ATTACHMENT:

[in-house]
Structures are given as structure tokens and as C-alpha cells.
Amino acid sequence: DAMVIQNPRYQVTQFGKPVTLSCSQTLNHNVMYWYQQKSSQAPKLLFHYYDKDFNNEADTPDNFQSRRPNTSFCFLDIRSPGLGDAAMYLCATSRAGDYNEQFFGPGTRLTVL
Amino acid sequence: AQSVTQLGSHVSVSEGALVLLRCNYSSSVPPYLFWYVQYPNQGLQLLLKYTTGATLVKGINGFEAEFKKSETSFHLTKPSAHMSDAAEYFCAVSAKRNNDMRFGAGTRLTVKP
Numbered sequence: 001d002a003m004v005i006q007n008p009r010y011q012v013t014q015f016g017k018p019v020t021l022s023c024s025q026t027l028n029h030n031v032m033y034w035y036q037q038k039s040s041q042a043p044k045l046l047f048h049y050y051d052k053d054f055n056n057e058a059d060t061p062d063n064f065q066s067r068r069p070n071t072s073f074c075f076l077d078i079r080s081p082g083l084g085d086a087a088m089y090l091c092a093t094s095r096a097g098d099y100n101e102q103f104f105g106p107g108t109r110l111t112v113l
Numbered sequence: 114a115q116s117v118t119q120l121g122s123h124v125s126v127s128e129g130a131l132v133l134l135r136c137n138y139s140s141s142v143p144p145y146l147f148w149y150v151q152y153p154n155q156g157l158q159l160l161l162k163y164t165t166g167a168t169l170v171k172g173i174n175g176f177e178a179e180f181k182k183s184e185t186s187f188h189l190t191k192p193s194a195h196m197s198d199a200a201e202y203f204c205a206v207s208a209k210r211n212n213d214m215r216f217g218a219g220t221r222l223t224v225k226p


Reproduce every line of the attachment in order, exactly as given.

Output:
[in-house]
Structures are given as structure tokens and as C-alpha cells.
Amino acid sequence: DAMVIQNPRYQVTQFGKPVTLSCSQTLNHNVMYWYQQKSSQAPKLLFHYYDKDFNNEADTPDNFQSRRPNTSFCFLDIRSPGLGDAAMYLCATSRAGDYNEQFFGPGTRLTVL
Amino acid sequence: AQSVTQLGSHVSVSEGALVLLRCNYSSSVPPYLFWYVQYPNQGLQLLLKYTTGATLVKGINGFEAEFKKSETSFHLTKPSAHMSDAAEYFCAVSAKRNNDMRFGAGTRLTVKP
Numbered sequence: 001d002a003m004v005i006q007n008p009r010y011q012v013t014q015f016g017k018p019v020t021l022s023c024s025q026t027l028n029h030n031v032m033y034w035y036q037q038k039s040s041q042a043p044k045l046l047f048h049y050y051d052k053d054f055n056n057e058a059d060t061p062d063n064f065q066s067r068r069p070n071t072s073f074c075f076l077d078i079r080s081p082g083l084g085d086a087a088m089y090l091c092a093t094s095r096a097g098d099y100n101e102q103f104f105g106p107g108t109r110l111t112v113l
Numbered sequence: 114a115q116s117v118t119q120l121g122s123h124v125s126v127s128e129g130a131l132v133l134l135r136c137n138y139s140s141s142v143p144p145y146l147f148w149y150v151q152y153p154n155q156g157l158q159l160l161l162k163y164t165t166g167a168t169l170v171k172g173i174n175g176f177e178a179e180f181k182k183s184e185t186s187f188h189l190t191k192p193s194a195h196m197s198d199a200a201e202y203f204c205a206v207s208a209k210r211n212n213d214m215r216f217g218a219g220t221r222l223t224v225k226p